We pulled into Pyrmont wharf and prepared to disembark; still excited but sad to leave the vessel that had been home for six weeks. A television news crew filmed us on deck before we trod the gangway and piled onto a bus that took us to the BBM offices in O’Connell Place. George Street, which had an American feel, was impressive, as was the glorious, sunny weather. Even though it was Winter, it was nothing like the dreary Summer weather we had left in England.

At the BBM offices, Frank Mansell addressed us all and then another staff member, a nice man who seemed very old, spoke to us all about the Little Brothers who had left without even a thank you; this was frowned upon.

Then we travelled to the BBM hostel at Homebush, unpacked and settled into the dormitories. Our suitcases were locked in a cupboard under the stairs. That evening I chatted with Bill Steptoe and spoke of our good fortune to be in Australia. I was astonished when Bill lamented that, if he were in London, he’d be heading to the pub with his mates – he missed that. I never missed England for a second.

Shortly after, the LBs who were destined to go to rural properties left for a farm hostel. At about that time, a few of us wandered into a shopping centre and chatted with some men outside a pub. They’d seen us on the television news – we felt like celebrities.

I recall little about Homebush, but the married couple in charge were friendly. A week later, BBM arranged for me to have a job interview with the Bank of New South Wales. It was a very friendly time and I was to begin work at the Auburn Branch on Thursday, 14 August 1958.

The hostel people urged us to travel somewhere every Saturday afternoon. David Wade and I took train trips into Wynyard and, the day after arriving, we walked over the Harbour Bridge. Sometimes we visited the Domain where an assortment of speakers, serious or eccentric, would harangue audiences from their soapboxes and were often heckled themselves – great fun. BBM arranged other outings which were all designed to welcome us.

At the bank branch in Auburn, I was pleasantly surprised by the egalitarian views, unlike the stuffed-shirt culture of British banks. The Manager, George Rea, was not treated as a god, and the accountant, ‘Jock’ Shade, was very down to earth. I quickly settled into a regime of catching a train from Homebush to Auburn, returning to the hostel for dinner and sleep.

Despite the comfortable life of the hostel, the boarding school-like strictures, particularly having to spend weekend afternoons away from the hostel, were difficult. Bill Steptoe, David wade and I decided to ‘escape’ and move to a flat in Ashfield. It was a thoughtless and immature decision – none of us had looked after ourselves. Fortunately, the French landlady at the flat was kindness itself.

The next morning, at work, Mr Shade called me over and told me to go to the BBM office as Frank Mansell was very angry that we had absconded. When I saw Mr Mansell he demanded our address. Feeling bold, I declined – his threat to bang my head against the wall changed my mind.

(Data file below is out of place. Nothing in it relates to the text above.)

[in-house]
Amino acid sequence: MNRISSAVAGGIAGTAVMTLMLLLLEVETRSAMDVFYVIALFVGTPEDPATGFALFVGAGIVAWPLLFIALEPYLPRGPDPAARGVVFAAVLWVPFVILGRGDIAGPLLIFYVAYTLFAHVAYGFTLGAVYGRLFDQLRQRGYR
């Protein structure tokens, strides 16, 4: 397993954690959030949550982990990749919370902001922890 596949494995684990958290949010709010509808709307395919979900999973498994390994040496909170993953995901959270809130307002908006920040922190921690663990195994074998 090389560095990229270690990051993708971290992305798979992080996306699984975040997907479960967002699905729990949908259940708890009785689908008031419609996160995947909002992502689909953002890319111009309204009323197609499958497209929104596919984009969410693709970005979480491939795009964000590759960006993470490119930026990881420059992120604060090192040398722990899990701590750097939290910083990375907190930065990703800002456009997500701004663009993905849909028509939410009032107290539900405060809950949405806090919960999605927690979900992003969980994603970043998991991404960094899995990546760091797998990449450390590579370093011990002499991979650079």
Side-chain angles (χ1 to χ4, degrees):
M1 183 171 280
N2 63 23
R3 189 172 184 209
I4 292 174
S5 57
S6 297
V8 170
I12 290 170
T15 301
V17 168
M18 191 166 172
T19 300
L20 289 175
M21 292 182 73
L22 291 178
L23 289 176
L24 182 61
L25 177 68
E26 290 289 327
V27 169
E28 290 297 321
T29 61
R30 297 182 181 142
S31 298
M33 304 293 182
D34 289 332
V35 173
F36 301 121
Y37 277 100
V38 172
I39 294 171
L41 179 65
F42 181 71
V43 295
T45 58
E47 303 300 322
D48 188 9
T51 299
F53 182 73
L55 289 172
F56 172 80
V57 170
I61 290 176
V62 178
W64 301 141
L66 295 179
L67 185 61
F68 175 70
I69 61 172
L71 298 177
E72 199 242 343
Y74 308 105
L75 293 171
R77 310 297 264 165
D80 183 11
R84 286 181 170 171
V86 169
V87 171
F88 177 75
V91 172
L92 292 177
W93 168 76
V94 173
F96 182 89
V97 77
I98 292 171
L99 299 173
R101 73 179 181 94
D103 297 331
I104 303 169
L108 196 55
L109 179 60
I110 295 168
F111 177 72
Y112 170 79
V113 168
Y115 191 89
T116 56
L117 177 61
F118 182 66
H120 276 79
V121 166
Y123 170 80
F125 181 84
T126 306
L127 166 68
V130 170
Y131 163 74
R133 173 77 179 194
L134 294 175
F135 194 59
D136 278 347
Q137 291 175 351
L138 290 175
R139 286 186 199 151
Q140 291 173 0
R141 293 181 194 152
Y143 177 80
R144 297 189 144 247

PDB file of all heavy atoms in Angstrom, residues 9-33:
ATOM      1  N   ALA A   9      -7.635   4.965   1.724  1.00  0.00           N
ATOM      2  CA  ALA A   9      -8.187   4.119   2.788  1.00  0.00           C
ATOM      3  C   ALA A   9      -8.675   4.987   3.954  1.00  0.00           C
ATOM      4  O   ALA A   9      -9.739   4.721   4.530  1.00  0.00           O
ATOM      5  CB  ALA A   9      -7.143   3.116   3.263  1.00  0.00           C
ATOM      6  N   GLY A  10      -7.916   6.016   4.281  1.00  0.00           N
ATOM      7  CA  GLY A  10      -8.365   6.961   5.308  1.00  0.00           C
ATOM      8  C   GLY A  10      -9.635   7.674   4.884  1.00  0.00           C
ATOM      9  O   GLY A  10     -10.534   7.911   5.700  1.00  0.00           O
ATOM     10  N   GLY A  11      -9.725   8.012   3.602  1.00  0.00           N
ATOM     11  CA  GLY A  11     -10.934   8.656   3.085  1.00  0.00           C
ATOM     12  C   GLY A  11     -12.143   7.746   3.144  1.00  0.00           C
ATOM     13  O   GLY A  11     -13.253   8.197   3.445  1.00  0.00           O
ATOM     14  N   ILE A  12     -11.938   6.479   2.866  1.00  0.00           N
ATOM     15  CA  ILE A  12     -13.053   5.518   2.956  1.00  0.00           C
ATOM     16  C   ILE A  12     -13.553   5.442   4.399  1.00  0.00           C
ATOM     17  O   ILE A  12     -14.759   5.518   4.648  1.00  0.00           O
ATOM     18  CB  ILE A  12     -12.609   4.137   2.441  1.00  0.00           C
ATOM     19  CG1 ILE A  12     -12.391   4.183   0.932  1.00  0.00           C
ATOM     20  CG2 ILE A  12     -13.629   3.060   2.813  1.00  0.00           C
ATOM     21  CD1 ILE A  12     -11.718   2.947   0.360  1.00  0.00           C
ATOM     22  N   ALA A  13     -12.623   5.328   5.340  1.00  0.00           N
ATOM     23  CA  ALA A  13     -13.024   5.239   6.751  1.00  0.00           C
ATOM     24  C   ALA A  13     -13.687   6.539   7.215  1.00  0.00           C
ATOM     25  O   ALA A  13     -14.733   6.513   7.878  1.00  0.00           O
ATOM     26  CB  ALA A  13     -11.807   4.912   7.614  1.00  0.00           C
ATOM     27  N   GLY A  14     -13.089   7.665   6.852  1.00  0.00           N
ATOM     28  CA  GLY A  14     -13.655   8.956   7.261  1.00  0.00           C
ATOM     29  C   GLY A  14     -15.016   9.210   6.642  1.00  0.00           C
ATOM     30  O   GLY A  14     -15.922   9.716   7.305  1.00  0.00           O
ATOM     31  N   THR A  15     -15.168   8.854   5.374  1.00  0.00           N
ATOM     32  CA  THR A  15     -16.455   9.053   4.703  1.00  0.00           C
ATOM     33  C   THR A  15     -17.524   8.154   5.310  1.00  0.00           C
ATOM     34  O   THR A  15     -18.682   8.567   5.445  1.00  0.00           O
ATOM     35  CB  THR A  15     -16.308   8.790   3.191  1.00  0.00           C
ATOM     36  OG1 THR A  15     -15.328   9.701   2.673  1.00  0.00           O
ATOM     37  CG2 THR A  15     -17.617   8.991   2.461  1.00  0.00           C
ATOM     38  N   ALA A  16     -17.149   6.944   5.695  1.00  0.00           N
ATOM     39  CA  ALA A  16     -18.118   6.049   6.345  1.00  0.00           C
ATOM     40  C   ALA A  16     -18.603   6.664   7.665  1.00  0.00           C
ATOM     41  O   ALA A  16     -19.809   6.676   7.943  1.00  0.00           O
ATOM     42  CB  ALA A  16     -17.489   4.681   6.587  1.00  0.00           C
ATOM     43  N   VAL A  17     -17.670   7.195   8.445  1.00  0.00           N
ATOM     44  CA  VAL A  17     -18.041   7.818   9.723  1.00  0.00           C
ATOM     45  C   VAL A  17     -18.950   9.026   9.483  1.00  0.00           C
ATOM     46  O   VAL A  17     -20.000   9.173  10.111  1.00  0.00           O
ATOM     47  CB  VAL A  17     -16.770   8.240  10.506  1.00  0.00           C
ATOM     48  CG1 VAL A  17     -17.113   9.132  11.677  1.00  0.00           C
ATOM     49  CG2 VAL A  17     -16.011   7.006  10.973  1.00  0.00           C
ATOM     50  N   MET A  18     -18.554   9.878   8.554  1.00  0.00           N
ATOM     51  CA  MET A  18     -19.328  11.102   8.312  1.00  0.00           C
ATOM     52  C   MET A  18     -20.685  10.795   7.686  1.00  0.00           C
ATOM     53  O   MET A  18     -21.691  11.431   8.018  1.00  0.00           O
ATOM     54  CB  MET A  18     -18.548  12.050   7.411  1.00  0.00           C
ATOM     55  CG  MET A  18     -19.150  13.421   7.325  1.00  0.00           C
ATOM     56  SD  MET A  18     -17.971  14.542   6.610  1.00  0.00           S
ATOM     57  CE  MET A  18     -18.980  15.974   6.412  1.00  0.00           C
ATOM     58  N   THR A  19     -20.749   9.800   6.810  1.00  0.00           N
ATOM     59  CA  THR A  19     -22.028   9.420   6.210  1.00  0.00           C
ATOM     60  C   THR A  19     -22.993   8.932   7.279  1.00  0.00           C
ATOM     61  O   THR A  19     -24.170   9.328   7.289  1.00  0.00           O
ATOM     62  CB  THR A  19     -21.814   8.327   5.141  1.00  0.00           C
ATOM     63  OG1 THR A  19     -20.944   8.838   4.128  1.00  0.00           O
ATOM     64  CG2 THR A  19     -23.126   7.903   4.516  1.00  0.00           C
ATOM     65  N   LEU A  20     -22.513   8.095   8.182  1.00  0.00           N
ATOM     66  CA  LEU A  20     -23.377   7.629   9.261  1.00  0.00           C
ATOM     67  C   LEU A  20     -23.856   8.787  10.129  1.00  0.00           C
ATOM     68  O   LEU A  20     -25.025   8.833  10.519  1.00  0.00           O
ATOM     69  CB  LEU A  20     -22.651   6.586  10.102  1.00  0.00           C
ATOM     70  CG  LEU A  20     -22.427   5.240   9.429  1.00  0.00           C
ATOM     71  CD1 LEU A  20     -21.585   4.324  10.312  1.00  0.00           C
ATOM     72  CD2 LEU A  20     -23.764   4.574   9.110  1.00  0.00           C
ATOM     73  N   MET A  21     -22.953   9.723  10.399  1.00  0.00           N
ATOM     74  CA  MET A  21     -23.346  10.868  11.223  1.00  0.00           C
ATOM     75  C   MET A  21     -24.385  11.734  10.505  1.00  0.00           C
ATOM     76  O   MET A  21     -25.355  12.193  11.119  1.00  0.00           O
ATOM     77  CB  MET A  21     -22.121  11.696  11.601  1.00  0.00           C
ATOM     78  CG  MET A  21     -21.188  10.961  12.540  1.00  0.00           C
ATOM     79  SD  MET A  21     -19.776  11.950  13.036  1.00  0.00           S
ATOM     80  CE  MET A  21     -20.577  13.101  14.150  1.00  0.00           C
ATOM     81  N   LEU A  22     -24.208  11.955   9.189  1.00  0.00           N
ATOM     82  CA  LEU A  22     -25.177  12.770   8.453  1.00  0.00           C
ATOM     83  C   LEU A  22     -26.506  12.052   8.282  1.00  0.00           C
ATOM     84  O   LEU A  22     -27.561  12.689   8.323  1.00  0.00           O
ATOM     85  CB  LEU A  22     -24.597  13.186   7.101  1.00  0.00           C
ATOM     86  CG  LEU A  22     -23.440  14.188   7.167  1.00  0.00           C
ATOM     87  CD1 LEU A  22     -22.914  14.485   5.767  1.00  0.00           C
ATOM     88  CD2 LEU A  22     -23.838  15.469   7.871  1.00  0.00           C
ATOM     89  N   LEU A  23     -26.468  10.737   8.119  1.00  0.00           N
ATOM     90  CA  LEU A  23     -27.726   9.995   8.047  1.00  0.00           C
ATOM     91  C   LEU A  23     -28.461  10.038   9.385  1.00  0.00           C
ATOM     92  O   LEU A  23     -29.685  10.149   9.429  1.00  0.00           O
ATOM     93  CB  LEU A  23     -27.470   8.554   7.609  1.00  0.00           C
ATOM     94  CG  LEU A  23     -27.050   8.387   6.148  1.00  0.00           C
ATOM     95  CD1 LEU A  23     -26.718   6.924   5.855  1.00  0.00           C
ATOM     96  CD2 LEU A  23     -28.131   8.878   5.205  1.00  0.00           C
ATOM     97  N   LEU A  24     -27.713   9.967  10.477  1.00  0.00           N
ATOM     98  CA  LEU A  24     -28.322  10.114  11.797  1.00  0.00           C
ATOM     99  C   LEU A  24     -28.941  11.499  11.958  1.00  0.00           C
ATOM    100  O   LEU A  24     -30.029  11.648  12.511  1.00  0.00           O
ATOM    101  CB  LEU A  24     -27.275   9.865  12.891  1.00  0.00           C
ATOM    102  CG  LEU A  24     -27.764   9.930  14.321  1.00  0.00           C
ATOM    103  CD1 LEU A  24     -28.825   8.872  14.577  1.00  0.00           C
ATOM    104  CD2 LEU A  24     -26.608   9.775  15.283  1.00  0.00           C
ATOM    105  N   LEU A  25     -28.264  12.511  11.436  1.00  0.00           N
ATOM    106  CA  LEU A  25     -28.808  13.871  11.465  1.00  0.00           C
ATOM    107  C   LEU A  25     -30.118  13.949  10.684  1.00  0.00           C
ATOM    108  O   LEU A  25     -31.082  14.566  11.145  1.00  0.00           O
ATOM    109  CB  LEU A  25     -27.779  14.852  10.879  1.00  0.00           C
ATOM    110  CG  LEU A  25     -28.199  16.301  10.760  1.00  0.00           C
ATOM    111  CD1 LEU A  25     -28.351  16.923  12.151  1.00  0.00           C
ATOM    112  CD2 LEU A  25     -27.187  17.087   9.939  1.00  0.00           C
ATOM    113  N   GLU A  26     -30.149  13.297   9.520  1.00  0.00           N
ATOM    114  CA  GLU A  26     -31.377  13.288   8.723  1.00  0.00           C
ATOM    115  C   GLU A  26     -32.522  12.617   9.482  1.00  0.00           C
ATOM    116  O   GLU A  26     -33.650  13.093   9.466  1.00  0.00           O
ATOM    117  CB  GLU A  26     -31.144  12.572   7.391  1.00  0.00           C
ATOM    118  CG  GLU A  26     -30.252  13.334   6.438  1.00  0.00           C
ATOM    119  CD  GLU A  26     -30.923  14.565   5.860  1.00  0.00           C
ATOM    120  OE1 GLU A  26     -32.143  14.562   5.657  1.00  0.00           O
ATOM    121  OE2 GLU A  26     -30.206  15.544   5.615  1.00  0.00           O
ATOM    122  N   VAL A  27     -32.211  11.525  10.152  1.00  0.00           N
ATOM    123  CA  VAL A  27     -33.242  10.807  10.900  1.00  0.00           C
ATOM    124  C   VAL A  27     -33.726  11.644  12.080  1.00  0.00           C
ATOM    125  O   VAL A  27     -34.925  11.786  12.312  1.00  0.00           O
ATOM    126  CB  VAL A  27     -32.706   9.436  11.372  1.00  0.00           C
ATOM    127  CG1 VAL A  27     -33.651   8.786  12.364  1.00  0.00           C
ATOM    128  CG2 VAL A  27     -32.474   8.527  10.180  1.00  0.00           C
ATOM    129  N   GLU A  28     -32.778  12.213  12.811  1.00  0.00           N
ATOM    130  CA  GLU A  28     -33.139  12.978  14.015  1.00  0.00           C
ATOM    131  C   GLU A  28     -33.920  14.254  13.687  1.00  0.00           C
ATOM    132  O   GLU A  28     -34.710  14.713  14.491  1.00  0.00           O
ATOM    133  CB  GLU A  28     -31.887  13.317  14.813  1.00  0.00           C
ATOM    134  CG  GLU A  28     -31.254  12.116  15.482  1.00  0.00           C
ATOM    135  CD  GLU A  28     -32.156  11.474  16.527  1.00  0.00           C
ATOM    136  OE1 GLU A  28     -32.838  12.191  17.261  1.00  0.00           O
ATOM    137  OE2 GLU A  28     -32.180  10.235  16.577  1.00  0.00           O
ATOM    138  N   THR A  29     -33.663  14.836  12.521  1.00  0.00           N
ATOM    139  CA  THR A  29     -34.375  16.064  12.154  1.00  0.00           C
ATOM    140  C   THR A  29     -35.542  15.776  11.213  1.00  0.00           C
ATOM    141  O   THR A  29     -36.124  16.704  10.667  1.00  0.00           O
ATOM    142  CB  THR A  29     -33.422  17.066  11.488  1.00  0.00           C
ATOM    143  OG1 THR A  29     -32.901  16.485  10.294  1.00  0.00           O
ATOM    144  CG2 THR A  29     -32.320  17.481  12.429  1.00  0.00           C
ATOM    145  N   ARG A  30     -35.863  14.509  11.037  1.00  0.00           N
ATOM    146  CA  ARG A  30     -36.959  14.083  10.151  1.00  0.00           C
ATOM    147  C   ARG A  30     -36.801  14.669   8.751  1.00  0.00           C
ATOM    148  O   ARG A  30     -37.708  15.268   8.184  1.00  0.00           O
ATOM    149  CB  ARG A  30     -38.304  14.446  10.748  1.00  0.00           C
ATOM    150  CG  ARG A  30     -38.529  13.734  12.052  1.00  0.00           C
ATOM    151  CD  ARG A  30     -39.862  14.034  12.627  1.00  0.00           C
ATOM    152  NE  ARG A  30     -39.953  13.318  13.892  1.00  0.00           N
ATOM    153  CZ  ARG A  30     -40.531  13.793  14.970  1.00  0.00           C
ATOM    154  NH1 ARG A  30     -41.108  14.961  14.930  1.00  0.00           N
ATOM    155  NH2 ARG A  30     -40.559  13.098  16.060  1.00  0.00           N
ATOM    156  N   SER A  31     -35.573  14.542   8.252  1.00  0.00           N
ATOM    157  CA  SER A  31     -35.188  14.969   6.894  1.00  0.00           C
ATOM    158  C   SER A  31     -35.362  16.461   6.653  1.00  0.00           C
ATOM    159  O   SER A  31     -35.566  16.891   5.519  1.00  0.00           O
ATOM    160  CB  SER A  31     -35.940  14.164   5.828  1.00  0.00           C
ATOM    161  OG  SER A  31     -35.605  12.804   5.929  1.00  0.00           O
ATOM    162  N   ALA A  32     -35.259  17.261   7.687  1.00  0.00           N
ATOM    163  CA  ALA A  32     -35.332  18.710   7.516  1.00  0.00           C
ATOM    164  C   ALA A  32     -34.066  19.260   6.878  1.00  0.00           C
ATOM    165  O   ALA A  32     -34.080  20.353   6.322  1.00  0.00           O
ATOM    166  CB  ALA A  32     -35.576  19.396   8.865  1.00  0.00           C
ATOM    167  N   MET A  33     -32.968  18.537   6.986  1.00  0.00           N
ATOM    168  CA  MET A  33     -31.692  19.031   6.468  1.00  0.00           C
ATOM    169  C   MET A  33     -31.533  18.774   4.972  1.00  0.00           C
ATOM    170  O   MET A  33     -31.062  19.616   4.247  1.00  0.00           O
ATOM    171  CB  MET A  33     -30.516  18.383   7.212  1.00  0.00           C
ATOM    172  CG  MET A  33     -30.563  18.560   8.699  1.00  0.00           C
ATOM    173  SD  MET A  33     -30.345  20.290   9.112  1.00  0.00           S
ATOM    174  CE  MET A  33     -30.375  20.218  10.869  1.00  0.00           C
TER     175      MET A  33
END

Fending for ourselves in Ashfield proved challenging and David found a place at Wollstonecraft that provided full board for £4 a week. Bill Steptoe remained at the flat, though he left soon afterwards. The house in Wollstonecraft was very large and had eight boarders. The landlady, Mrs Windred, was aged about eighty. Her breakfasts were invariably porridge, though the dinner menu was varied. David and I shared a room until he left.

When the Bank learned that I had moved, it sent me to relieve at branches on the North Shore which meant less travel. The first was Roseville and, later, Lane Cove, Hornsby, Epping, Beecroft, Lindfield, Gordon and North Sydney. The period at Lane Cove branch was pivotal for me. The manager, Doug Phelps, was a short, but slightly intimidating, man, who had the accountant, Campbell Riley in a permanent state of fear. When Phelps wanted Campbell, who was at the other end of the office, he simply yelled out and the accountant responded. But Mr Phelps always treated me genially. In a memorable conversation, I asked if it was possible to be transferred to a rural division, that is, the Bush. I mistakenly believed that the lure of the bush was strong in all Aussies. I found later that staff in country branches were keen to transfer to the city. Phelps promised to help me. I left Lane Cove for the Hornsby branch and never spoke to Phelps again.

In July 1959, while working at North Sydney, I was told that I would be transferred to the Rylstone branch – the Bush. I was delighted and could hardly wait. That was the first of many country towns – Rylstone, Trundle, Canberra, Orange, Temora, Wentworth, Corrimal, Leeton, Dapto, Bega and Grenfell. For all that time, I felt I was holidaying on full pay – it was a wonderful, unending adventure,

From the day of arrival, I’ve felt so fortunate to live in Australia – to enjoy its vastness, security and beauty. That only happened because, on that day in London, I spotted the advertisement about migration. Chance conversations with bank managers introduced me to country life and changed me forever. Later, a conversation with the Grenfell Branch manager’s wife, a former teacher, encouraged her husband to seek a return for me to the Big Smoke to pursue a degree.

Soon after my return to Sydney, I wrote to Frank Mansell, expressed regret that I absconded from the Homebush hostel and hoped that a new relationship could be formed. Frank replied cautiously and thanked me for resuming contact.

Life in Australia, during a long career in the Australian Public Service, took me to live in Sydney, Canberra, Darwin, Alice Springs and back to Canberra. It’s all been surreal, even when my wife, two young children and I survived Cyclone Tracy on Christmas Eve 1974. Our house, which was on stilts, was obliterated and we exited it, as the bathroom floor collapsed, crammed into the bathtub, and flew metres through the air into the garden. We stayed there for hours in the wind and rain. None of us were badly injured, though the trauma has remained.

Nonetheless, I wouldn’t change a thing and will always be grateful to BBM for bringing me to this place that I love.


*Len Waugh is in the middle of the group at the front, with a crewcut